Darzsa feigned bemusement; he was in his wheelhouse making grand gestures. He hummed to himself, scratched his head, and rubbed his chin. “Can’t say that I know anyone of concern to me with that initial.”
Lottie adjusted the scarf on her head and rapped her fingernail on the table. To Darzsa’s dismay, she was still unbothered by his antics. She sat there, glare unwavering—no rhythm to the incessant noise.
Tap. Tap, tap.
Tap; tap. Tap.
Tap. Tap. Tap, tap.
Tap, tap, tap.
Darzsa’s heart thundered in his throat from how rattled he was, but he remained calm. He couldn’t let her unnerve him.
Lottie’s hand hovered above the table then she placed her hands in her lap. “What’s your name, young man? Perhaps the one who’s lost is you.”
All heads turned toward Darzsa, waiting with bated breath for his answer. Admission would be defeat, and he wasn’t losing this battle of wits.
“I assure you, darling, my name is of no significance to you. Unless you need it to acquire more information.”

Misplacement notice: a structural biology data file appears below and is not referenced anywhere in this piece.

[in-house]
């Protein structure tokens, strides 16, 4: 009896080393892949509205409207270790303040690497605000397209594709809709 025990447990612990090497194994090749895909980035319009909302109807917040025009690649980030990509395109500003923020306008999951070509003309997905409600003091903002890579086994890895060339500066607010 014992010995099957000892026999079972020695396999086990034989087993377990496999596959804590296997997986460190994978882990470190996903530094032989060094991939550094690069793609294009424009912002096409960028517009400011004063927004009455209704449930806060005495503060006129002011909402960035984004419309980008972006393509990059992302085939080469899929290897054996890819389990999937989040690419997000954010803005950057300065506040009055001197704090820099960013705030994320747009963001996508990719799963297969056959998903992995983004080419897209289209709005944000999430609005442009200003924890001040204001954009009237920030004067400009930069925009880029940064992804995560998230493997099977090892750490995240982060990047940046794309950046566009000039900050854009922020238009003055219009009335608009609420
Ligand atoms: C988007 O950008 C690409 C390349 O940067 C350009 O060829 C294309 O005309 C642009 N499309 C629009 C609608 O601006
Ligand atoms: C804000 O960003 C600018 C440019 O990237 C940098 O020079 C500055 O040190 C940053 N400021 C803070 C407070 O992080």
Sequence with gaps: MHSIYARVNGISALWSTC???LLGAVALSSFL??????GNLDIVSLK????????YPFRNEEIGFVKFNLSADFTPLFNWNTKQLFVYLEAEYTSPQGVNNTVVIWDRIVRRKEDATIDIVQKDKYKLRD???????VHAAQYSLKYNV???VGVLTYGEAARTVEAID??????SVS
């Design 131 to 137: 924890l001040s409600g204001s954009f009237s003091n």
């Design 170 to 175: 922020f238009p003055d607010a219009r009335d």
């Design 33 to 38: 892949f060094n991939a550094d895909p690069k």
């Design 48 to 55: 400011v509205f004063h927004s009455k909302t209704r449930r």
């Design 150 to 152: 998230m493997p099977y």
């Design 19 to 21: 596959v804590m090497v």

Whispers circled the table, and Lottie hushed them with a wave of her hand. “No need. You wanted to go bit by bit, correct? Home for you is elsewhere, I assume.”
Unrelenting. Darzsa admired her tenacity and fortitude to keep up with him. “Keen observation, though I’m sure my accent gave me away. Does it sound familiar to you?”
The table was split between looking at Darzsa or Lottie. They sat tight for who was going to speak next. Lottie had her eyes fixed past Darzsa at something in the distance. Her hands rested atop the table again, fingers drawing small circles on the wood. She blinked a few times, and her gaze drifted to Darzsa. “It’s no secret that I’m not a native, yet this is my home. But you,” she pointed at him, “left home. December 10th. Does it sound familiar to you?”
A venomous retort would have been on the tip of Darzsa’s tongue. However, all Darzsa could do was grip the rail of his chair to suppress the impulsive need to flip this table over. The only reason she would have known that date is if Josiah told her. And if he told her then...Darzsa pushed the thought out of his mind. He couldn’t feel and look abysmal, so he relaxed his pursed lips.